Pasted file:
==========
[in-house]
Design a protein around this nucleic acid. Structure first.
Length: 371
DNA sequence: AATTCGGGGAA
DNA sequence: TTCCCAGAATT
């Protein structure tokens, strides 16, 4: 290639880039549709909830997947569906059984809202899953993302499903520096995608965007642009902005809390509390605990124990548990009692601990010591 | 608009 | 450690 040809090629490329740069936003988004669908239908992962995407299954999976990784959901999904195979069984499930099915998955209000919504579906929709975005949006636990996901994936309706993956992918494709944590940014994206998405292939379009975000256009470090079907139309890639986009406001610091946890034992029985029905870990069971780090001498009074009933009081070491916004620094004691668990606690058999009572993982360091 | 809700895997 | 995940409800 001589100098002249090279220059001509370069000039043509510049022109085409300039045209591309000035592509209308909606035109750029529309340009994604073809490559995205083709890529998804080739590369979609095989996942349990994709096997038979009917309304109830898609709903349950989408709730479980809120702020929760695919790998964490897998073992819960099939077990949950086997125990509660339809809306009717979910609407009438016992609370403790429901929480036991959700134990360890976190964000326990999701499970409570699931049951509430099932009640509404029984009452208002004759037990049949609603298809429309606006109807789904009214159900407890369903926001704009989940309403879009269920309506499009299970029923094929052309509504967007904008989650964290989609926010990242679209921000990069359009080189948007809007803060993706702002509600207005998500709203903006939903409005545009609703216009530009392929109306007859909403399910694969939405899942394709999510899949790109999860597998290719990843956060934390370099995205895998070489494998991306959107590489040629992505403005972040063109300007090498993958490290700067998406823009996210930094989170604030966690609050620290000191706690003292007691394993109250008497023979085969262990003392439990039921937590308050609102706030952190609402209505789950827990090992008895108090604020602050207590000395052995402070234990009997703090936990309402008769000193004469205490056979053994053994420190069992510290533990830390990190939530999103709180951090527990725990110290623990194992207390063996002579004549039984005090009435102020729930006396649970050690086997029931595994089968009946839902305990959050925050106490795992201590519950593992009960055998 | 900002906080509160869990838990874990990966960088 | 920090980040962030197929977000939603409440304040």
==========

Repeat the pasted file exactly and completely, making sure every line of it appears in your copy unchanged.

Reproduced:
[in-house]
Design a protein around this nucleic acid. Structure first.
Length: 371
DNA sequence: AATTCGGGGAA
DNA sequence: TTCCCAGAATT
């Protein structure tokens, strides 16, 4: 290639880039549709909830997947569906059984809202899953993302499903520096995608965007642009902005809390509390605990124990548990009692601990010591 | 608009 | 450690 040809090629490329740069936003988004669908239908992962995407299954999976990784959901999904195979069984499930099915998955209000919504579906929709975005949006636990996901994936309706993956992918494709944590940014994206998405292939379009975000256009470090079907139309890639986009406001610091946890034992029985029905870990069971780090001498009074009933009081070491916004620094004691668990606690058999009572993982360091 | 809700895997 | 995940409800 001589100098002249090279220059001509370069000039043509510049022109085409300039045209591309000035592509209308909606035109750029529309340009994604073809490559995205083709890529998804080739590369979609095989996942349990994709096997038979009917309304109830898609709903349950989408709730479980809120702020929760695919790998964490897998073992819960099939077990949950086997125990509660339809809306009717979910609407009438016992609370403790429901929480036991959700134990360890976190964000326990999701499970409570699931049951509430099932009640509404029984009452208002004759037990049949609603298809429309606006109807789904009214159900407890369903926001704009989940309403879009269920309506499009299970029923094929052309509504967007904008989650964290989609926010990242679209921000990069359009080189948007809007803060993706702002509600207005998500709203903006939903409005545009609703216009530009392929109306007859909403399910694969939405899942394709999510899949790109999860597998290719990843956060934390370099995205895998070489494998991306959107590489040629992505403005972040063109300007090498993958490290700067998406823009996210930094989170604030966690609050620290000191706690003292007691394993109250008497023979085969262990003392439990039921937590308050609102706030952190609402209505789950827990090992008895108090604020602050207590000395052995402070234990009997703090936990309402008769000193004469205490056979053994053994420190069992510290533990830390990190939530999103709180951090527990725990110290623990194992207390063996002579004549039984005090009435102020729930006396649970050690086997029931595994089968009946839902305990959050925050106490795992201590519950593992009960055998 | 900002906080509160869990838990874990990966960088 | 920090980040962030197929977000939603409440304040």